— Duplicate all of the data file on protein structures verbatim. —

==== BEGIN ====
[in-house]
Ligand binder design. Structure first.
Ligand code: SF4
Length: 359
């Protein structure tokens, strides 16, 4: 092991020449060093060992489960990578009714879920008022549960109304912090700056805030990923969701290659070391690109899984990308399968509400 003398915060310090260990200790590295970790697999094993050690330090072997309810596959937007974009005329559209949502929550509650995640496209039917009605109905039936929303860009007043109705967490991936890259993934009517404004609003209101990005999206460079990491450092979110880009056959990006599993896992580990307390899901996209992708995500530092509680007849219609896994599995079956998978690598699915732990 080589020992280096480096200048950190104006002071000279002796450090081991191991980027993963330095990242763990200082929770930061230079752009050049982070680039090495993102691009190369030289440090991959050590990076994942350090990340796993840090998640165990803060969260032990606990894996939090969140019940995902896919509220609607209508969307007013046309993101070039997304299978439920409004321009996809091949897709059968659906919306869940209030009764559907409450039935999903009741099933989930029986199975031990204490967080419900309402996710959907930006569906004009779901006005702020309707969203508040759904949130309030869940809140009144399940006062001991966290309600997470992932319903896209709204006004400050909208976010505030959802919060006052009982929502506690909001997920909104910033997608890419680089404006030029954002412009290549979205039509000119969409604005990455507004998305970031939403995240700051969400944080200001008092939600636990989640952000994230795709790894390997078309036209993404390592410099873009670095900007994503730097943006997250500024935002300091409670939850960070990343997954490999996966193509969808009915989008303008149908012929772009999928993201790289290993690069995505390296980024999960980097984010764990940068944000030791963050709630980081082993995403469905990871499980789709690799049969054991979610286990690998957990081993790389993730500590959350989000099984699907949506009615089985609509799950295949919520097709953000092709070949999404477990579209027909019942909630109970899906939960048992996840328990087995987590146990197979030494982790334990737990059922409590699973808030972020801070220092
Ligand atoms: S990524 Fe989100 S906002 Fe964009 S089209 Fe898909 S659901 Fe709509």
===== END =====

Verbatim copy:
[in-house]
Ligand binder design. Structure first.
Ligand code: SF4
Length: 359
């Protein structure tokens, strides 16, 4: 092991020449060093060992489960990578009714879920008022549960109304912090700056805030990923969701290659070391690109899984990308399968509400 003398915060310090260990200790590295970790697999094993050690330090072997309810596959937007974009005329559209949502929550509650995640496209039917009605109905039936929303860009007043109705967490991936890259993934009517404004609003209101990005999206460079990491450092979110880009056959990006599993896992580990307390899901996209992708995500530092509680007849219609896994599995079956998978690598699915732990 080589020992280096480096200048950190104006002071000279002796450090081991191991980027993963330095990242763990200082929770930061230079752009050049982070680039090495993102691009190369030289440090991959050590990076994942350090990340796993840090998640165990803060969260032990606990894996939090969140019940995902896919509220609607209508969307007013046309993101070039997304299978439920409004321009996809091949897709059968659906919306869940209030009764559907409450039935999903009741099933989930029986199975031990204490967080419900309402996710959907930006569906004009779901006005702020309707969203508040759904949130309030869940809140009144399940006062001991966290309600997470992932319903896209709204006004400050909208976010505030959802919060006052009982929502506690909001997920909104910033997608890419680089404006030029954002412009290549979205039509000119969409604005990455507004998305970031939403995240700051969400944080200001008092939600636990989640952000994230795709790894390997078309036209993404390592410099873009670095900007994503730097943006997250500024935002300091409670939850960070990343997954490999996966193509969808009915989008303008149908012929772009999928993201790289290993690069995505390296980024999960980097984010764990940068944000030791963050709630980081082993995403469905990871499980789709690799049969054991979610286990690998957990081993790389993730500590959350989000099984699907949506009615089985609509799950295949919520097709953000092709070949999404477990579209027909019942909630109970899906939960048992996840328990087995987590146990197979030494982790334990737990059922409590699973808030972020801070220092
Ligand atoms: S990524 Fe989100 S906002 Fe964009 S089209 Fe898909 S659901 Fe709509």